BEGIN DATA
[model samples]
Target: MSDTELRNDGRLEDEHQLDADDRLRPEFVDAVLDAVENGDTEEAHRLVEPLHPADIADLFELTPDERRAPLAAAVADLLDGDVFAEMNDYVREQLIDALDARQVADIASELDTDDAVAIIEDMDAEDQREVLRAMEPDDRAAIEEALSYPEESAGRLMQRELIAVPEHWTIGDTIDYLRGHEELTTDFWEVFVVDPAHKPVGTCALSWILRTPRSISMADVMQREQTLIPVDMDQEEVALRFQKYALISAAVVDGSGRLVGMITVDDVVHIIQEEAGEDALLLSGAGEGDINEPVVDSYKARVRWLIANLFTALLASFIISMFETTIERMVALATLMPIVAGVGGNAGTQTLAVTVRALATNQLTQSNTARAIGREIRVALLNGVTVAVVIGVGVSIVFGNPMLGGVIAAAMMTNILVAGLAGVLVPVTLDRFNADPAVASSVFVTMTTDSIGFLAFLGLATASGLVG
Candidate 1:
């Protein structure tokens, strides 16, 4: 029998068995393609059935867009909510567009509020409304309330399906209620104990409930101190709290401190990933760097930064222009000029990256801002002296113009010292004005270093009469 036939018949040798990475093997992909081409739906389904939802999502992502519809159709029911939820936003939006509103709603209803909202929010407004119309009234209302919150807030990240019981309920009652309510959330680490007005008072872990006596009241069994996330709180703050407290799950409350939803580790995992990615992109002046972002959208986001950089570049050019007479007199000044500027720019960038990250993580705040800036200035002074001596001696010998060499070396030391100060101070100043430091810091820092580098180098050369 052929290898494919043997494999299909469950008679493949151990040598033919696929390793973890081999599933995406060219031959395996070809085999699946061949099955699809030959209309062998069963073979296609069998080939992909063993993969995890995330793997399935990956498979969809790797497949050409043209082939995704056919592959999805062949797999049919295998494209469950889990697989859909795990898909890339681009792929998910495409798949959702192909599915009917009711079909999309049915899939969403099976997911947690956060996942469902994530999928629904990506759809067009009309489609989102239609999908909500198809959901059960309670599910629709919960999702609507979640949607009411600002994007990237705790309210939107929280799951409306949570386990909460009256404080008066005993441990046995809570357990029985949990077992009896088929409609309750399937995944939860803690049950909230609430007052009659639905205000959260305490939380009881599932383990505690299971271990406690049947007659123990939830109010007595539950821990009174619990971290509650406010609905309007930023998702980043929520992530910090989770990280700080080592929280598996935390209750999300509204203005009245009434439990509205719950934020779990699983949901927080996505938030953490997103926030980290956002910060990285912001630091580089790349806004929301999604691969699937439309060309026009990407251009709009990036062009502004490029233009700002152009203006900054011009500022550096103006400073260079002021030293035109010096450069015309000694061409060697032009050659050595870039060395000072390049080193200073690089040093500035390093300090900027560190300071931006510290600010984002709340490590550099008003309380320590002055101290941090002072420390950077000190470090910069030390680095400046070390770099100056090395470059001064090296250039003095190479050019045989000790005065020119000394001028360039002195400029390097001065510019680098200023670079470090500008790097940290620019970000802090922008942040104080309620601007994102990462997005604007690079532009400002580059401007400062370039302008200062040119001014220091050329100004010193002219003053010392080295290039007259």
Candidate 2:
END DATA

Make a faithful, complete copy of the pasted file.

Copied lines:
[model samples]
Target: MSDTELRNDGRLEDEHQLDADDRLRPEFVDAVLDAVENGDTEEAHRLVEPLHPADIADLFELTPDERRAPLAAAVADLLDGDVFAEMNDYVREQLIDALDARQVADIASELDTDDAVAIIEDMDAEDQREVLRAMEPDDRAAIEEALSYPEESAGRLMQRELIAVPEHWTIGDTIDYLRGHEELTTDFWEVFVVDPAHKPVGTCALSWILRTPRSISMADVMQREQTLIPVDMDQEEVALRFQKYALISAAVVDGSGRLVGMITVDDVVHIIQEEAGEDALLLSGAGEGDINEPVVDSYKARVRWLIANLFTALLASFIISMFETTIERMVALATLMPIVAGVGGNAGTQTLAVTVRALATNQLTQSNTARAIGREIRVALLNGVTVAVVIGVGVSIVFGNPMLGGVIAAAMMTNILVAGLAGVLVPVTLDRFNADPAVASSVFVTMTTDSIGFLAFLGLATASGLVG
Candidate 1:
């Protein structure tokens, strides 16, 4: 029998068995393609059935867009909510567009509020409304309330399906209620104990409930101190709290401190990933760097930064222009000029990256801002002296113009010292004005270093009469 036939018949040798990475093997992909081409739906389904939802999502992502519809159709029911939820936003939006509103709603209803909202929010407004119309009234209302919150807030990240019981309920009652309510959330680490007005008072872990006596009241069994996330709180703050407290799950409350939803580790995992990615992109002046972002959208986001950089570049050019007479007199000044500027720019960038990250993580705040800036200035002074001596001696010998060499070396030391100060101070100043430091810091820092580098180098050369 052929290898494919043997494999299909469950008679493949151990040598033919696929390793973890081999599933995406060219031959395996070809085999699946061949099955699809030959209309062998069963073979296609069998080939992909063993993969995890995330793997399935990956498979969809790797497949050409043209082939995704056919592959999805062949797999049919295998494209469950889990697989859909795990898909890339681009792929998910495409798949959702192909599915009917009711079909999309049915899939969403099976997911947690956060996942469902994530999928629904990506759809067009009309489609989102239609999908909500198809959901059960309670599910629709919960999702609507979640949607009411600002994007990237705790309210939107929280799951409306949570386990909460009256404080008066005993441990046995809570357990029985949990077992009896088929409609309750399937995944939860803690049950909230609430007052009659639905205000959260305490939380009881599932383990505690299971271990406690049947007659123990939830109010007595539950821990009174619990971290509650406010609905309007930023998702980043929520992530910090989770990280700080080592929280598996935390209750999300509204203005009245009434439990509205719950934020779990699983949901927080996505938030953490997103926030980290956002910060990285912001630091580089790349806004929301999604691969699937439309060309026009990407251009709009990036062009502004490029233009700002152009203006900054011009500022550096103006400073260079002021030293035109010096450069015309000694061409060697032009050659050595870039060395000072390049080193200073690089040093500035390093300090900027560190300071931006510290600010984002709340490590550099008003309380320590002055101290941090002072420390950077000190470090910069030390680095400046070390770099100056090395470059001064090296250039003095190479050019045989000790005065020119000394001028360039002195400029390097001065510019680098200023670079470090500008790097940290620019970000802090922008942040104080309620601007994102990462997005604007690079532009400002580059401007400062370039302008200062040119001014220091050329100004010193002219003053010392080295290039007259």
Candidate 2: